A-Z #Gratitude: #Thanks for #Questions

Question mark in Esbjerg

Question mark in Esbjerg (Photo credit: alexanderdrachmann)

Day 17 of the A-Z Blogging Challenge and the letter Q.

GuadalupeNOLA15Oct07Thanks (3)

Thanks for Questions.

My Mom came up with today’s topic. So Mom, why thanks for questions?

“We learn things when we look for the answers.”

Yes, that’s good.  Anything else?

“Questions make us think.  And the right kinds of questions make us think so much, we change.”

QUESTION

Question (Photo credit: the|G|™’s photostreamalexanderdrachmann)

Oh yeah, Mom’s wisdom coming through, loud and clear. The odd thing is, Mom isn’t a questioner. She doesn’t ask confrontational questions of others, she asks them of herself, then goes and looks for the answers.  Yet her questions confront the world around her, most especially how things are done.

She asks a lot of questions of politicians and big business, and the answers she gets shape her vote and how she spends her money.

Always curious  about what’s happening in the world, she follows the news – one could say she’s a bit of a news junkie.

Questions are good, and sometimes we have to ask questions very directly, and that can feel confrontational, and most people don’t like to be confronted.  But questions wake us up, and like Mom says, the right kinds of questions make us think so much, we change.

questions to me

questions to me (Photo credit: jungmoon)

"Question War"

“Question War” (Photo credit: Toban B.)

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Life is an amazing journey. http://www.alisonamazed.wordpress.com http://www.alisonboston.wordpress.com

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Posted in A-Z, A-Z Blogging Challenge 2013 (Gratitude), Alison Boston, Amazing
4 comments on “A-Z #Gratitude: #Thanks for #Questions
  1. Arlee Bird says:

    Asking questions can educate us and help us keep informed. Some people have told me I’m nosy because I ask too many questions. Why do you think they would say such a thing?

    • alisonamazed says:

      Oh my – Some people get really annoyed because I ask questions, and not confrontational, rather just normal sort of introductory questions, like:
      “Pleased to meet you. Where are you from?” or “Do you live her?” or “Where do you live?” and “What do you do?” and they’ve said and “…and who are you to ask all these questions?”
      My oh my – and years ago I had a friend who got really upset because I was asking her about her life, in fact I think it cooled-off a growing friendship. Like you, Arlee, she accused me of being nosey. I thought we were friends, and that friends are interested in and curious about each other. She told me something different. Then there are questions that probe deep into a person’s psyche and these can feel very invasive. And questions that make people think. Like: “Did you know that eggs from caged hens are illegal in Europe, yet here in Canada where we have lots of wide open space for chickens to run about, it’s still legal to lock them in cages so small they peck at one another, and live lives of utter misery and degradation, so we can buy thin-shelled, rather tasteless eggs, for less than half of what an egg costs when the hen lives a good life and produces beautiful, rich, thick-shelled, eggs?”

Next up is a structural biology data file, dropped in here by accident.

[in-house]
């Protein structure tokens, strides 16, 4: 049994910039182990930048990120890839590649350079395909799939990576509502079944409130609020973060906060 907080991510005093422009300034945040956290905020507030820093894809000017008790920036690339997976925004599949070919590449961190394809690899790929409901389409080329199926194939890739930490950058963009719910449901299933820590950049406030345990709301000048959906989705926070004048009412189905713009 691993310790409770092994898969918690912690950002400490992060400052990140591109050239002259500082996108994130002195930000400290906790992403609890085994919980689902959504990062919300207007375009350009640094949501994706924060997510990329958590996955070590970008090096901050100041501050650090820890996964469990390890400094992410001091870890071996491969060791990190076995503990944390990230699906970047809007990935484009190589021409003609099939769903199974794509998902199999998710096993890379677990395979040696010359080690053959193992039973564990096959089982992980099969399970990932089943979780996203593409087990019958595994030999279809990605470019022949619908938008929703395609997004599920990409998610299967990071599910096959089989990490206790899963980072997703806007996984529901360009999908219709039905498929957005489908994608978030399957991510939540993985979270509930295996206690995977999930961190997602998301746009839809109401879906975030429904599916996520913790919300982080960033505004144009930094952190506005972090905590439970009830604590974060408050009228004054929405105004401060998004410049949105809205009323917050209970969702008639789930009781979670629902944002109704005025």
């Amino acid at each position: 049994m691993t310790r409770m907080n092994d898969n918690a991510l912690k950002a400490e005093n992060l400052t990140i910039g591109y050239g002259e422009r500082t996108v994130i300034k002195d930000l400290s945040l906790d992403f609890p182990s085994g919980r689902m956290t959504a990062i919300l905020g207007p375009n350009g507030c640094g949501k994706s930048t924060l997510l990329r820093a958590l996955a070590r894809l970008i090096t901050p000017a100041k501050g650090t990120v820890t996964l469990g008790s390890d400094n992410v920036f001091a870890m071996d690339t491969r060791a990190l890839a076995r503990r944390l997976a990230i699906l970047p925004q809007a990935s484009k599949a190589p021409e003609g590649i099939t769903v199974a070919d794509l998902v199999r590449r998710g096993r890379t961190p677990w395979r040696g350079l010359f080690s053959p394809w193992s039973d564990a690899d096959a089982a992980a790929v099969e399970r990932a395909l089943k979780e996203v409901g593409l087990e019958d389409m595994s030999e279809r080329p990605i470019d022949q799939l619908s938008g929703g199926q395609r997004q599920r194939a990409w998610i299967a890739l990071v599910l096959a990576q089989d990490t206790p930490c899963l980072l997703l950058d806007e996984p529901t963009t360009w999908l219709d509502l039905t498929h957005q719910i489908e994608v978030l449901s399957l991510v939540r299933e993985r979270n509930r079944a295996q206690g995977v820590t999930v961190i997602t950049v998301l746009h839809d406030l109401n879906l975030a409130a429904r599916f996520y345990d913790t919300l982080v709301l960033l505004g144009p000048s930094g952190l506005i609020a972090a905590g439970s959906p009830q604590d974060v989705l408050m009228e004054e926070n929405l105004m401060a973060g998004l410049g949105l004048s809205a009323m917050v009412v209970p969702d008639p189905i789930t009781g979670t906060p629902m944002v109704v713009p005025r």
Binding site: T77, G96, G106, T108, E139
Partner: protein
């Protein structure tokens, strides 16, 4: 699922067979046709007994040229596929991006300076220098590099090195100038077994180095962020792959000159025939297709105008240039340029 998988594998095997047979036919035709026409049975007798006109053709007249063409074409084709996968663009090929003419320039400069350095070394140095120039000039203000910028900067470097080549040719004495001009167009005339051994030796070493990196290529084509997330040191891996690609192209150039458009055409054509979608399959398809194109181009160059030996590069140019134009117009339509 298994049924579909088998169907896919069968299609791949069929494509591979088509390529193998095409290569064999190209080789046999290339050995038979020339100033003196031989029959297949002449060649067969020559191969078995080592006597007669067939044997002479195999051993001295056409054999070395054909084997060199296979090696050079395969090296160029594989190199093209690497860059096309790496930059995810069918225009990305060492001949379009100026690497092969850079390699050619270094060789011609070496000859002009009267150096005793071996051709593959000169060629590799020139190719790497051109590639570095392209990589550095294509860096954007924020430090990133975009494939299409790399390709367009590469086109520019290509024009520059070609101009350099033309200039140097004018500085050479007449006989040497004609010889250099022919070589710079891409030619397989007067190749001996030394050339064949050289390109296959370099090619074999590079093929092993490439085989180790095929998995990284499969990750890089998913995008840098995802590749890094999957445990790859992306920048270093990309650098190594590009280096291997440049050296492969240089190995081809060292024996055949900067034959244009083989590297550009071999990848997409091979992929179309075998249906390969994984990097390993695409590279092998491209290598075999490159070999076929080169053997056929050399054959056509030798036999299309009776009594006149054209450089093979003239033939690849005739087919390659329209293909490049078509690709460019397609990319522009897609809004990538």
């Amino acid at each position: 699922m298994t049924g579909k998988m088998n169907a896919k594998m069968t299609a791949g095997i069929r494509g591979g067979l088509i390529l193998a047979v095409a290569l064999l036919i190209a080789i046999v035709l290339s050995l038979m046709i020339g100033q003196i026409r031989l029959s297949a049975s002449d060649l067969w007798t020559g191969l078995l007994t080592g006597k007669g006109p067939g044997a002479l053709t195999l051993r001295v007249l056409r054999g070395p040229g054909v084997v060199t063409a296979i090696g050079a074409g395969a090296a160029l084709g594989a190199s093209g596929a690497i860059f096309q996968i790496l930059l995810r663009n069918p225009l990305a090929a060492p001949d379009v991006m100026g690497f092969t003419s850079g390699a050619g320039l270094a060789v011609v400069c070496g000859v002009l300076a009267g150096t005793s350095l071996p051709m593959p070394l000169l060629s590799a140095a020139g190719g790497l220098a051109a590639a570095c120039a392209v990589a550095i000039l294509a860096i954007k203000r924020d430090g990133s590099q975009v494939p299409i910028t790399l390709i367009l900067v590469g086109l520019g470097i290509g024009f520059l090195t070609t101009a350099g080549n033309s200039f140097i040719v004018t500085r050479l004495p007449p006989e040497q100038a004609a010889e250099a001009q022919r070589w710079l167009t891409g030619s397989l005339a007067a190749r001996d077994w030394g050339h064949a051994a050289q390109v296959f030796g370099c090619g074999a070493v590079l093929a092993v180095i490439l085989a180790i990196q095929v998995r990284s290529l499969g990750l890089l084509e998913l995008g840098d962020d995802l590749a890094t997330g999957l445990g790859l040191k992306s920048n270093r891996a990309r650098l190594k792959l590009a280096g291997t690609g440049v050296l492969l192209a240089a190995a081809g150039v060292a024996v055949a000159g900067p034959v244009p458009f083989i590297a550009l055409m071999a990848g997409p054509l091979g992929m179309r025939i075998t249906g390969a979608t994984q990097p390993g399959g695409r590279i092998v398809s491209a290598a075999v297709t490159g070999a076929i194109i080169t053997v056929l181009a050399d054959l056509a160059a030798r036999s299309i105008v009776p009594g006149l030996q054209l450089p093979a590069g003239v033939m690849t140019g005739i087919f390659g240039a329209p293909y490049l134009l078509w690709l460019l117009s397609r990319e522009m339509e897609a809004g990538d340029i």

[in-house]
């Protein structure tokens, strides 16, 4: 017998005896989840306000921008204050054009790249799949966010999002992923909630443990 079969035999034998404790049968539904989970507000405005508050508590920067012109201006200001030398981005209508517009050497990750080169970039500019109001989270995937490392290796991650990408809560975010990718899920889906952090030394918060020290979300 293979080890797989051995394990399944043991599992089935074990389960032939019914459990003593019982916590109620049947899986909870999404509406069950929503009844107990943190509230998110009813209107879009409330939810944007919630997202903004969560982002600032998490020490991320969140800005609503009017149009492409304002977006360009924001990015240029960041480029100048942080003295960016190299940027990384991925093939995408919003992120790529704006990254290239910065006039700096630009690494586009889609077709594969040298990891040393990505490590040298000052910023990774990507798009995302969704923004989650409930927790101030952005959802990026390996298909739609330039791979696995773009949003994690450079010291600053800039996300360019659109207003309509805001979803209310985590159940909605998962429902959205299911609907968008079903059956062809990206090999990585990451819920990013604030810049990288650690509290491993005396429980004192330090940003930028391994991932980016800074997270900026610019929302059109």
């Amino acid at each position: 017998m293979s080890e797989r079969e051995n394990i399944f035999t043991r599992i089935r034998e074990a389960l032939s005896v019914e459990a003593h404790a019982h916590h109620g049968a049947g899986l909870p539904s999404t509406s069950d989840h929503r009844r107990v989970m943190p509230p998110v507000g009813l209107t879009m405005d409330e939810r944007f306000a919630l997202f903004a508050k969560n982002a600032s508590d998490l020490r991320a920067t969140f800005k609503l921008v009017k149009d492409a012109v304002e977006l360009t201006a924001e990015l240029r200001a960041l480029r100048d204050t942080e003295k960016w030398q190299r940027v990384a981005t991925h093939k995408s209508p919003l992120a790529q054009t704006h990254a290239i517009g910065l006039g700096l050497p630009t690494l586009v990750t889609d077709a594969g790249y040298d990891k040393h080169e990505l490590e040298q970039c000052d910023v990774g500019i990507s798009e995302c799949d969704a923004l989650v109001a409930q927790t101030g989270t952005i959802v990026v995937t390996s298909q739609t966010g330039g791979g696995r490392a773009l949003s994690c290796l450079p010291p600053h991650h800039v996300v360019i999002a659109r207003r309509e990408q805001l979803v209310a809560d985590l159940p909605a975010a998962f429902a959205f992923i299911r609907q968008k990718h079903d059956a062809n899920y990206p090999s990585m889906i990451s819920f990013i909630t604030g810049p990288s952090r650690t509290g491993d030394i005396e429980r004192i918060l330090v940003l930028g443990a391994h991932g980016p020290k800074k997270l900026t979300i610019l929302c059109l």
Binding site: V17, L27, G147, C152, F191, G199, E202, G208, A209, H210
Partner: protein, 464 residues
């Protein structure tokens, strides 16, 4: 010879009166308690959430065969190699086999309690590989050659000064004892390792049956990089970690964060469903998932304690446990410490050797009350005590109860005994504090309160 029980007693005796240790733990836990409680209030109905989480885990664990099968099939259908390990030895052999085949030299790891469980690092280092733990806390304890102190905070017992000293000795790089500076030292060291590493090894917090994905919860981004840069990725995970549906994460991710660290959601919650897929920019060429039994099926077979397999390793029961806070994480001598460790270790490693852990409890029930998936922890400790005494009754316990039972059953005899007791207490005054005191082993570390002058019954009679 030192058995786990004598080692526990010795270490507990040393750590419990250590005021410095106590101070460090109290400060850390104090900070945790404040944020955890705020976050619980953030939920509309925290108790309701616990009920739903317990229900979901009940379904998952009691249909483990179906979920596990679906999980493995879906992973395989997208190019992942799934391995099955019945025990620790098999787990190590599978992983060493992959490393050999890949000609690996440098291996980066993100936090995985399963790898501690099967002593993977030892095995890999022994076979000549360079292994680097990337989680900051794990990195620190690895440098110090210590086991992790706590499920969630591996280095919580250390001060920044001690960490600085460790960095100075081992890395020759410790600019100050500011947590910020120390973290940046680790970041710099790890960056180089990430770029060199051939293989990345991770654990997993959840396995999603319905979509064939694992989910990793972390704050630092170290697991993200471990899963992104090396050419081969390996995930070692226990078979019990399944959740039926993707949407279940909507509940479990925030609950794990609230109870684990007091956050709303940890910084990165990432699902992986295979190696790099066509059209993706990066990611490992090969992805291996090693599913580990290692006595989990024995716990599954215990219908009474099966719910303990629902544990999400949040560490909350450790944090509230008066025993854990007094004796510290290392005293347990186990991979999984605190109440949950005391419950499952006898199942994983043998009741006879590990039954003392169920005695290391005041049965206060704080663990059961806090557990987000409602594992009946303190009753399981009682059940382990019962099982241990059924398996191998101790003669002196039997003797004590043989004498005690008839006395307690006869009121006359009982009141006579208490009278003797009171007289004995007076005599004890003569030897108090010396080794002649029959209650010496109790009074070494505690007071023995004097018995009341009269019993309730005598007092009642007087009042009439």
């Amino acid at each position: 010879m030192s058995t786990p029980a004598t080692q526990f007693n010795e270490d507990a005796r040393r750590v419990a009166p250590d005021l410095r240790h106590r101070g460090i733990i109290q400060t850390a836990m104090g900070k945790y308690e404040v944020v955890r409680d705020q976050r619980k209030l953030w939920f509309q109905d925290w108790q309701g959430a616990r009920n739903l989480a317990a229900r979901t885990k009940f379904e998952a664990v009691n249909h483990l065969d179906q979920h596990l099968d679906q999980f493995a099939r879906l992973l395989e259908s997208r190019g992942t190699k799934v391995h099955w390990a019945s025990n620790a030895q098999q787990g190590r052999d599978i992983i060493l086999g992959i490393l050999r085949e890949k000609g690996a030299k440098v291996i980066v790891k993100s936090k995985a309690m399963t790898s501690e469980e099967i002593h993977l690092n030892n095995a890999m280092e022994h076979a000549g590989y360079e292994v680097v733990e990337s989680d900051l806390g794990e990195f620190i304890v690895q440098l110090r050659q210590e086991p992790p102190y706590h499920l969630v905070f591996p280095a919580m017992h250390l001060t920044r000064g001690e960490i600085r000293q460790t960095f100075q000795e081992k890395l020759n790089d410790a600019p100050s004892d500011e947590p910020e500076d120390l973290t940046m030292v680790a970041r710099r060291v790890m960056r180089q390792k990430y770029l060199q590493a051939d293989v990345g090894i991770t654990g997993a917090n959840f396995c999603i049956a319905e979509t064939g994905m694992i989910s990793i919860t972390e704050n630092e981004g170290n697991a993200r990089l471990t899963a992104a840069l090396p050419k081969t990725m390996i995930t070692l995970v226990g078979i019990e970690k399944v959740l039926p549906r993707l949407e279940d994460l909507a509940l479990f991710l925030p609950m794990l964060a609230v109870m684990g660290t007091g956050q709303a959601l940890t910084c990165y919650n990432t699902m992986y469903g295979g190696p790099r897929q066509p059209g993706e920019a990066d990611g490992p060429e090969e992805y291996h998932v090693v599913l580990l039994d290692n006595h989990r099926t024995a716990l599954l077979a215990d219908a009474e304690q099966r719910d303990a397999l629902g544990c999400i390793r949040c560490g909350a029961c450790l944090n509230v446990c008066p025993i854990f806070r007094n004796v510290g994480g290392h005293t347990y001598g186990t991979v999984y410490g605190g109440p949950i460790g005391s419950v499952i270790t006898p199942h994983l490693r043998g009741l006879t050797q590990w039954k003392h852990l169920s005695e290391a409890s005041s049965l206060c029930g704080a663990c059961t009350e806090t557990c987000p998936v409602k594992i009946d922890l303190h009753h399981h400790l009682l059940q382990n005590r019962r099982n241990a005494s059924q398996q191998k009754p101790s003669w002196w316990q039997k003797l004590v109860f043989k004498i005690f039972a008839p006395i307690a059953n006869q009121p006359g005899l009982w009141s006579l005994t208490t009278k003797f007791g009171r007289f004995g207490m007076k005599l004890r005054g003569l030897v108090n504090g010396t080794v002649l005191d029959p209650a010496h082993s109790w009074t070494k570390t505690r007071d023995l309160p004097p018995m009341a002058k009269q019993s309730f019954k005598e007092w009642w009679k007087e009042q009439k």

• Arlee Bird says:

        Interesting. Usually it’s other people (like my wife for example) who will think I’m being nosy. I’ve found that the people I’m directing my questions to are usually more than willing and enjoy answering questions about themselves. I think most people like to talk about themselves.

        Also I can gain useful information and tap into possible networking opportunities. Like the typical where do you work? or what do you do? type questions. I’m also always interested in the “where are you from?” question in case I’ve been there or know something about the place. Asking people about there lives leads to some great conversational opportunities.

        Lee
        An A to Z Co-Host
        Tossing It Out

      • alisonamazed says:

        Yes – I’m always especially interested in people’s accents and use of language in relation to where they’re from. Regional accents are really distinctive in England AND Spain – with regional dialects and languages, Catalan being perhaps the most distinctive and certainly politically loudest! In Canada, we have regional French, each with its distinctive nuances; and regional English – someone from southern Ontario speaks differently from someone from the Maritimes, Prairies or West Coast; and we also have First Nations who speak English with a very distinctive sound. So it’s always interesting to know where people learned English.

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